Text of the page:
Valley of Fire State Park
After our mud filled disaster with the help of some good friends we got back on solid ground at Lake Mead. This allowed us go explore Valley of Fire State Park - which happened to be right down the road!
In case you didn’t know, Valley of Fire gets its name from red sandstone formations, created from great shifting sand dunes during the age of dinosaurs. Basically all the rocks are a shockingly bright red.
The kids were super excited to go there because my Dad had visited about a year ago and showed us pictures - and they just thought it looked so cool. Plus I think it was kind of a neat way for them to say they had been in the same place as Papa. They even took the time to look through each picture he gave them and find the exact spots so they could recreate the shot.
I love my little nerds.
We actually broke our trip into 2 days because I still had to work and it was the middle of the week. The first day we went after lunch and drove through, stopping at all the major rock formations.
First let me say that yes, the fiery red rocks were spectacular. Like some kind of alien landscape. The incredible range of textures, shapes were so unique. And all this in the middle of plenty of other beautiful mountains that weren’t red at all. Crazy!
The first spot we stopped were the beehives. Aptly named, the rounded rocks were full of mini caves, erosion holes and plenty of places to crawl around and explore
I think the kids even started up a game of hide and seek. It was here we were able to match up most of the pictures my Dad sent. They were so pumped when they found the same formations!
Then we stopped by Arch Rock and Atlatl rock - the latter having some crazy Indian rock art carved on a huge flat rock up a serious flight of steps.
On the way back we looked at a petrified log and spent a while exploring the Seven Sisters - a group of unique formations with lots of opportunity for climbing. Ashley wasn’t a fan of watching the kids climb as far as they could, but they had a blast!
On the way out we made the short hike up to Elephant Rock - when you see it, you know.
We even climbed up to examine it closer. At the base of Elephant Rock, there is a great little sandy spot perfect for letting the kids play and chill for a bit after the hike up.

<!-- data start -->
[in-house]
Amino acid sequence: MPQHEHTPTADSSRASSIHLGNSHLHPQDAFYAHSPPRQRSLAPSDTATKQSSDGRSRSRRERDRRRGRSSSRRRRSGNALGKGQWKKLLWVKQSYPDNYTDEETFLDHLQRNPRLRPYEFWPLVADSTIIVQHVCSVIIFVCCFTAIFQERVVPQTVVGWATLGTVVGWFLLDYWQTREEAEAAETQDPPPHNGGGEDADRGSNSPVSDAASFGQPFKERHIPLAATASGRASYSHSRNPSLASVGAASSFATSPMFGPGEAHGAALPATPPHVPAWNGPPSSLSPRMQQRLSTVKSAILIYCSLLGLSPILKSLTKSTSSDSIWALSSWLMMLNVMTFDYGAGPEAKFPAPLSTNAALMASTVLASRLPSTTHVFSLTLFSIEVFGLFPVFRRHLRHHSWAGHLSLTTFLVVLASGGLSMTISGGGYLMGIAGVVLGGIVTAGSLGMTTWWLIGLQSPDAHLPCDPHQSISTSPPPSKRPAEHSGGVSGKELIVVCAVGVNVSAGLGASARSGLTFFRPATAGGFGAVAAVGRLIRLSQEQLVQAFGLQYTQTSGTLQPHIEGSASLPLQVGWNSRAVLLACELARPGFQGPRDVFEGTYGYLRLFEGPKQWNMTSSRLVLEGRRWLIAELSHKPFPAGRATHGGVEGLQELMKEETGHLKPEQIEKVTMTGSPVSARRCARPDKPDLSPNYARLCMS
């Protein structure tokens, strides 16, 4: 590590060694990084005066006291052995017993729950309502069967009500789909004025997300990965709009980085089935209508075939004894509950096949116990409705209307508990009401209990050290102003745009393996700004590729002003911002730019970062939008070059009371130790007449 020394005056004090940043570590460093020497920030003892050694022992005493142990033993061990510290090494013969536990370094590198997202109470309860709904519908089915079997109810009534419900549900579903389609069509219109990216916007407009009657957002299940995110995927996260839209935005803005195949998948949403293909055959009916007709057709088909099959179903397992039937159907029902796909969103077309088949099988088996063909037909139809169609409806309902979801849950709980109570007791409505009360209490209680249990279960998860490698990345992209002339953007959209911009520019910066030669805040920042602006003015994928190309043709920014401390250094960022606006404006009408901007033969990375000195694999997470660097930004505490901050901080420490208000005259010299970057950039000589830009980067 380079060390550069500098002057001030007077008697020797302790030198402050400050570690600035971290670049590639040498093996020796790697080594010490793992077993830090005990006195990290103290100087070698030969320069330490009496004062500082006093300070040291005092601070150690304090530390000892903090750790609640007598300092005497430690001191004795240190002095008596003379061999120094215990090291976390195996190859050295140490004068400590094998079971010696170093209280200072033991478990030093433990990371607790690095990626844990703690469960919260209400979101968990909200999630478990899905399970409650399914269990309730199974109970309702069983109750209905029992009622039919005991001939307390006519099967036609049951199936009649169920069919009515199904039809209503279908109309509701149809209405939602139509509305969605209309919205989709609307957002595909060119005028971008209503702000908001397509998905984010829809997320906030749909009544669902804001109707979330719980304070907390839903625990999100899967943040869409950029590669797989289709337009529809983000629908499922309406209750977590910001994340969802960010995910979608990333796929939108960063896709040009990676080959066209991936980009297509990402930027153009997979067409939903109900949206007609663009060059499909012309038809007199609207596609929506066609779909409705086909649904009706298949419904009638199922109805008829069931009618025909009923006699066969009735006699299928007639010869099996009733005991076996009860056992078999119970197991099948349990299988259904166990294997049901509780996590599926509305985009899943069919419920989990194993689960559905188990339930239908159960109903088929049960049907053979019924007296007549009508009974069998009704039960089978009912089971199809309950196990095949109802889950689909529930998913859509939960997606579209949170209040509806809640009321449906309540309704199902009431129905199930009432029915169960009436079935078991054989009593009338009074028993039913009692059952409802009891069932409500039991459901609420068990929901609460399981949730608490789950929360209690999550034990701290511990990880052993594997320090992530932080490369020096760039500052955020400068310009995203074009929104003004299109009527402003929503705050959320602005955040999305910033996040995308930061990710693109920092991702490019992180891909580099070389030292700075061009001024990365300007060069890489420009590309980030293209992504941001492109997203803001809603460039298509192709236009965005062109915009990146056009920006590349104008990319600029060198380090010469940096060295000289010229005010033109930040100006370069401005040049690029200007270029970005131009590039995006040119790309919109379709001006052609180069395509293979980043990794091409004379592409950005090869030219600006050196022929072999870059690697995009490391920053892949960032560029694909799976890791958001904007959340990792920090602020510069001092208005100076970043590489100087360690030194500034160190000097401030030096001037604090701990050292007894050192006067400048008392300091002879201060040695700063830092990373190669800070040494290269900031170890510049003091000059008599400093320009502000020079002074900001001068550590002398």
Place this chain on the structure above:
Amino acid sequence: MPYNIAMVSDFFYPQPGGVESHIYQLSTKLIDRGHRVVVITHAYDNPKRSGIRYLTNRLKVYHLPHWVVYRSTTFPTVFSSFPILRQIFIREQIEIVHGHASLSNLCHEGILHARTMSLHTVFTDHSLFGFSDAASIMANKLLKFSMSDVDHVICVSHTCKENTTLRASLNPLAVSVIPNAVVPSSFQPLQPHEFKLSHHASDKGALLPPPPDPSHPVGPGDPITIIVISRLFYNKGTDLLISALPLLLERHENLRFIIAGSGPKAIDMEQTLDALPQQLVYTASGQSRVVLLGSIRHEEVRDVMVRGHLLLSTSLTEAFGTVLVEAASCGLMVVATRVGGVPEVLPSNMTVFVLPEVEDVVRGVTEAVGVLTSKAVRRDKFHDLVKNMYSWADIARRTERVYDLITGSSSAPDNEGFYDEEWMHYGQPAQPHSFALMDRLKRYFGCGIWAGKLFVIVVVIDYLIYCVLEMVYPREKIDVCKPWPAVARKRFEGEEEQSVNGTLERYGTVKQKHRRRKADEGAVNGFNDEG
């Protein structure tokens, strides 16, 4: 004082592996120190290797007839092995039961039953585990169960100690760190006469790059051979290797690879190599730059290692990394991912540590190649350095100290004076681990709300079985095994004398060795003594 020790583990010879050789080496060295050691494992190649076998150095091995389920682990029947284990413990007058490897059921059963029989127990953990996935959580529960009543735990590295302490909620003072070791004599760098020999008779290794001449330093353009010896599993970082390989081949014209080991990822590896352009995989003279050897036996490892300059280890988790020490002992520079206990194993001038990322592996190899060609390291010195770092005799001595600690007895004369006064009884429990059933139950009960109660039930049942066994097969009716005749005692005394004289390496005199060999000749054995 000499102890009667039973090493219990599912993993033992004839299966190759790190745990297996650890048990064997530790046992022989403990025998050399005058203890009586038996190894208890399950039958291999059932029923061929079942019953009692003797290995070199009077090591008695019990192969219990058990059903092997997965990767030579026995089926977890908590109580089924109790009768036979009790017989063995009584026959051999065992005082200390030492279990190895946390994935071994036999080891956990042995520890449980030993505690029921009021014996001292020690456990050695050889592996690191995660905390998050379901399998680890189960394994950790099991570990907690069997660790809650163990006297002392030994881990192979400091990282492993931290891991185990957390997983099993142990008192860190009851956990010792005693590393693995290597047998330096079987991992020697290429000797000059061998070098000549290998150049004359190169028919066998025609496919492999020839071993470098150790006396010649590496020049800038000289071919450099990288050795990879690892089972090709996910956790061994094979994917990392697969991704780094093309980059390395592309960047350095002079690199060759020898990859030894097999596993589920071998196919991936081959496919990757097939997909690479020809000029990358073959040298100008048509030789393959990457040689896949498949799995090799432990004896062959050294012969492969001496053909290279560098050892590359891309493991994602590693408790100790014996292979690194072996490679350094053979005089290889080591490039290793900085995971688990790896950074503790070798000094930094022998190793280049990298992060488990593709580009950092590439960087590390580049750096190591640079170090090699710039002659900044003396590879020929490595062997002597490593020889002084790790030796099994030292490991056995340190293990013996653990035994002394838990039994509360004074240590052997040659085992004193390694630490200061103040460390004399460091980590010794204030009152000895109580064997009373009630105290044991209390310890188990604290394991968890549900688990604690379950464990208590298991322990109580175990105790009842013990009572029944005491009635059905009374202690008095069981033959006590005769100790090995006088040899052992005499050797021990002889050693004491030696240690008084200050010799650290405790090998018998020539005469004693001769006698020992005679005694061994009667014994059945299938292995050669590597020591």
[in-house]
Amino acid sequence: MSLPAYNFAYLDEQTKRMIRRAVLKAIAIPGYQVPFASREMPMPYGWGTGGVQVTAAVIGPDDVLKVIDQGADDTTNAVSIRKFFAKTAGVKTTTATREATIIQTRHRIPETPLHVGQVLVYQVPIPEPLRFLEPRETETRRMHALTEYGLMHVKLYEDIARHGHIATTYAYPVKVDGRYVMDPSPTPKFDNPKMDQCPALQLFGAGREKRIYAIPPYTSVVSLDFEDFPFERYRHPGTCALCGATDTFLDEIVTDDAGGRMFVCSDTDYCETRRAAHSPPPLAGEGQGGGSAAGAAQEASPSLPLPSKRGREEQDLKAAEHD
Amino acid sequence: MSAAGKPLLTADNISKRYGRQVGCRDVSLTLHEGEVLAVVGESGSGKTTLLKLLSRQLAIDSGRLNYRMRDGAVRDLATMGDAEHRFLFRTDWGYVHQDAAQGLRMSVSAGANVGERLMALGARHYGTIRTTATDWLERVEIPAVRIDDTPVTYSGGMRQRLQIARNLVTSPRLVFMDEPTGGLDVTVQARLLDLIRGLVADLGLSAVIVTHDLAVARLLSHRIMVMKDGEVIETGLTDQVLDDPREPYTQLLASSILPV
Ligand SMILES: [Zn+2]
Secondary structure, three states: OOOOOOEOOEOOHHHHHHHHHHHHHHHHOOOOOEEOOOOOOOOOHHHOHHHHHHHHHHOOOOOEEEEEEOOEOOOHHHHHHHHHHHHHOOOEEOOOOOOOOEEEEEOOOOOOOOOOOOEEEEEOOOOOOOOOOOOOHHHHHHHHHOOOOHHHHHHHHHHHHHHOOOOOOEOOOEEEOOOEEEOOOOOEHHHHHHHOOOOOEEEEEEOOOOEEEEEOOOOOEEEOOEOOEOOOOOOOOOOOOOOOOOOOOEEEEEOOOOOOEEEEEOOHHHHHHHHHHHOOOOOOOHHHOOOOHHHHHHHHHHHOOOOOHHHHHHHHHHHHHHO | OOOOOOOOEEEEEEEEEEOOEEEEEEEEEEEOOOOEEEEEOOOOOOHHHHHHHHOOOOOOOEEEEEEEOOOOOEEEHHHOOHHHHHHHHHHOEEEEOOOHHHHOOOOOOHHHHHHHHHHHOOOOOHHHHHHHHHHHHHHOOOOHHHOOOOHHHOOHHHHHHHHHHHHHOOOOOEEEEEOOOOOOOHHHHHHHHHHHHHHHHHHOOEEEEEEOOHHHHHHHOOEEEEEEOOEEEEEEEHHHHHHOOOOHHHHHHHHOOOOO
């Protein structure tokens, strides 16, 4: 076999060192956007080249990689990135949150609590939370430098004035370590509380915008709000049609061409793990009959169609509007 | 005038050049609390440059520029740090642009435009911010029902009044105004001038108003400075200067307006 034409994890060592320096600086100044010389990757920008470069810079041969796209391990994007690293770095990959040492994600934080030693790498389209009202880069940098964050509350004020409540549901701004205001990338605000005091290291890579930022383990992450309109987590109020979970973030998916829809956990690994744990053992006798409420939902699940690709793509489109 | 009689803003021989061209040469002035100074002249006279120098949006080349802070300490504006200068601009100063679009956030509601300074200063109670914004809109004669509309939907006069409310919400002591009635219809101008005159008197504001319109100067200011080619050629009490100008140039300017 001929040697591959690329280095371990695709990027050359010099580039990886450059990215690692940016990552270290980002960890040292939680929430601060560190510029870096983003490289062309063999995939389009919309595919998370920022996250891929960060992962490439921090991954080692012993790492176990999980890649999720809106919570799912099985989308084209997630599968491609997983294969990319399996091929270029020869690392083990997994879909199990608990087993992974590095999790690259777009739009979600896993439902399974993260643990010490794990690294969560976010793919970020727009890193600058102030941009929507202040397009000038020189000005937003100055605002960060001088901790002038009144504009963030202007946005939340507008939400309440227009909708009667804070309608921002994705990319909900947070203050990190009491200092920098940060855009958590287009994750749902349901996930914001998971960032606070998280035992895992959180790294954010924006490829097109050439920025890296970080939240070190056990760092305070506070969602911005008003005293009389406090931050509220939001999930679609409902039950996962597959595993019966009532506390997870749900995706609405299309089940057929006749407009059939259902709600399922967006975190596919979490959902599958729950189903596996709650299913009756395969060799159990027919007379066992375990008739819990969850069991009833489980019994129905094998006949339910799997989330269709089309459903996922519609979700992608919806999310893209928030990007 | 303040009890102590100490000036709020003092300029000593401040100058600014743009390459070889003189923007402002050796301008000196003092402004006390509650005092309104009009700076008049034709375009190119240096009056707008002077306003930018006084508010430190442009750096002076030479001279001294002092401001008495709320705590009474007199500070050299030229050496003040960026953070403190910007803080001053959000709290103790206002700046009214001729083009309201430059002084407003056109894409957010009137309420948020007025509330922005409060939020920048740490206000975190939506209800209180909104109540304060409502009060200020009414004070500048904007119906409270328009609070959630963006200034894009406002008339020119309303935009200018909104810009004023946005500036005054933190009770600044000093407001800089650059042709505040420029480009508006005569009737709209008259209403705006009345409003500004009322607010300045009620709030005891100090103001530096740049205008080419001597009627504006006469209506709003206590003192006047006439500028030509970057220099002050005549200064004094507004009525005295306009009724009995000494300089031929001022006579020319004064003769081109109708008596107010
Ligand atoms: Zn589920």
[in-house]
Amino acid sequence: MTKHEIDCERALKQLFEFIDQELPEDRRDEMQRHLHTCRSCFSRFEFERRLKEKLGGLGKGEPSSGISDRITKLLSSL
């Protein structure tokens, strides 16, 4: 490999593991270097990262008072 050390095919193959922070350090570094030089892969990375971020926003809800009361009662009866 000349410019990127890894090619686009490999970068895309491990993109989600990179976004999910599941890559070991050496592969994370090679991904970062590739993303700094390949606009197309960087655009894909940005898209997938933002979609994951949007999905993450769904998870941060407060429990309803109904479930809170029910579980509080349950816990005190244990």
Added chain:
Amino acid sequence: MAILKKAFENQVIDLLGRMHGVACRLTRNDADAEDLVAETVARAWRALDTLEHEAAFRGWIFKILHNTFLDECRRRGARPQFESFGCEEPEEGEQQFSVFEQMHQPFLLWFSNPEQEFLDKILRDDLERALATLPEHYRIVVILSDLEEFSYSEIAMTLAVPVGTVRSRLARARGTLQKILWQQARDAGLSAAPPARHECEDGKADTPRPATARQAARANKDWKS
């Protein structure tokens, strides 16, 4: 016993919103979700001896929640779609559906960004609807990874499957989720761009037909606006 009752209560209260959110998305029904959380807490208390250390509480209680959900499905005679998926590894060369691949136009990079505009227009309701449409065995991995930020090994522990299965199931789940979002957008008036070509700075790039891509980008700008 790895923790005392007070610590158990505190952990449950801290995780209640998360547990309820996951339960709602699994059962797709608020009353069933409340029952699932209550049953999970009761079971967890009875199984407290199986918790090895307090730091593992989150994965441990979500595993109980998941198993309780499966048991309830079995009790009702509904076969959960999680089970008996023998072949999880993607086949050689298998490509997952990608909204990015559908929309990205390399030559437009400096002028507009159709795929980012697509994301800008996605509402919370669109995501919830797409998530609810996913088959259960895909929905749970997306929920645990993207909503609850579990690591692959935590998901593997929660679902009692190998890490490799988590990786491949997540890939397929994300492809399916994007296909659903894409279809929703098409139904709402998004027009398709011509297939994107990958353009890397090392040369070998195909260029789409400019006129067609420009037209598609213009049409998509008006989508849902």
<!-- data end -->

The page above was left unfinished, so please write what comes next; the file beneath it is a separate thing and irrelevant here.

I was determined to do a family hike so we came back the next morning before it got hot, and went in search of Fire Canyon. We started along a wonderfully nondescript trail that just begged you to explore. It didn’t hurt that the bright orange rocks and neon blue and green bushes were a perfect foil for each other. It was one of those things that looked so much better in person. Pictures don’t do it justice.
Did I mention the trail wasn’t very well marked? We followed a bunch of footprints probably a half mile off the trail into a really cool little gorge, but it was a dead end. So we backtracked, found the trail marker and continued on our way.
The whole trail there and back was only 2 miles, but the terrain was extremely varied and kept us on our toes. Honestly, those are the best hikes. Our kids get so bored when we’re just walking along a flat a surface for a couple of miles. Even if the view is awesome.
There were tons of rocks to climb over, tricky areas to make it through and towering mountains on either side to take in when things got slow.
Finally, we made it to the end.
The trail stopped right at the edge of the cliff overlooking Fire Canyon. I thought it was awesome. Ashley was a little freaked out. Either way, it made a great place to sit down, have a snack and rest.
We headed back, packed up and got ready to go boondocking with a bunch of new friends in Utah. On a cliff... Oh yeah!
comments powered by Disqus